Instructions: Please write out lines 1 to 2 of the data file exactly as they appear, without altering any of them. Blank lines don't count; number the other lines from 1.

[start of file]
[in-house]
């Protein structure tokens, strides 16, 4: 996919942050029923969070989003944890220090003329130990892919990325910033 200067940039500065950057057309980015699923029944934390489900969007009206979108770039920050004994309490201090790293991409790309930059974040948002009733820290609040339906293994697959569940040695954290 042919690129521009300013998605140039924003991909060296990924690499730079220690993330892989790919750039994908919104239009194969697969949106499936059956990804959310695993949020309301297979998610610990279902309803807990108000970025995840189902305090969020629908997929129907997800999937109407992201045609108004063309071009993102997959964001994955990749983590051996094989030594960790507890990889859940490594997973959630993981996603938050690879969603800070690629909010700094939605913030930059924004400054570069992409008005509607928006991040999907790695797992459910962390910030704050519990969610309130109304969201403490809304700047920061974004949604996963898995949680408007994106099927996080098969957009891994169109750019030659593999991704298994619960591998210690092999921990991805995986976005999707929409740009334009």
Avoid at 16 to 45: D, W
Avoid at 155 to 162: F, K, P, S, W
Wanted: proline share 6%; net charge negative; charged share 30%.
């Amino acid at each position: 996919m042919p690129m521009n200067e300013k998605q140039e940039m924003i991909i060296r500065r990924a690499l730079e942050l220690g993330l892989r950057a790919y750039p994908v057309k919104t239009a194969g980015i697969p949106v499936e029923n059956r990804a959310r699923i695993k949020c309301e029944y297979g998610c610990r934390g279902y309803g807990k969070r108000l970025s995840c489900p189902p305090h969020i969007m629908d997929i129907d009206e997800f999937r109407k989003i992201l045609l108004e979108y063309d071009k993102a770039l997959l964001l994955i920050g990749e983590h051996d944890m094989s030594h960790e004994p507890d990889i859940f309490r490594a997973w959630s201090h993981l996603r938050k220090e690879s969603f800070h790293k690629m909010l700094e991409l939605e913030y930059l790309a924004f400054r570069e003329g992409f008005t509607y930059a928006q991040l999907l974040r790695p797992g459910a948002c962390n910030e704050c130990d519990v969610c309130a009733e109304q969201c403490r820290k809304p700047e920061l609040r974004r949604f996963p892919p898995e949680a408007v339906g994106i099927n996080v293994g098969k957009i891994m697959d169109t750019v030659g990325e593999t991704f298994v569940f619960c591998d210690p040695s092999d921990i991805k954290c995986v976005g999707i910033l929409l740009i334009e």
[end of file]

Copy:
[in-house]
């Protein structure tokens, strides 16, 4: 996919942050029923969070989003944890220090003329130990892919990325910033 200067940039500065950057057309980015699923029944934390489900969007009206979108770039920050004994309490201090790293991409790309930059974040948002009733820290609040339906293994697959569940040695954290 042919690129521009300013998605140039924003991909060296990924690499730079220690993330892989790919750039994908919104239009194969697969949106499936059956990804959310695993949020309301297979998610610990279902309803807990108000970025995840189902305090969020629908997929129907997800999937109407992201045609108004063309071009993102997959964001994955990749983590051996094989030594960790507890990889859940490594997973959630993981996603938050690879969603800070690629909010700094939605913030930059924004400054570069992409008005509607928006991040999907790695797992459910962390910030704050519990969610309130109304969201403490809304700047920061974004949604996963898995949680408007994106099927996080098969957009891994169109750019030659593999991704298994619960591998210690092999921990991805995986976005999707929409740009334009």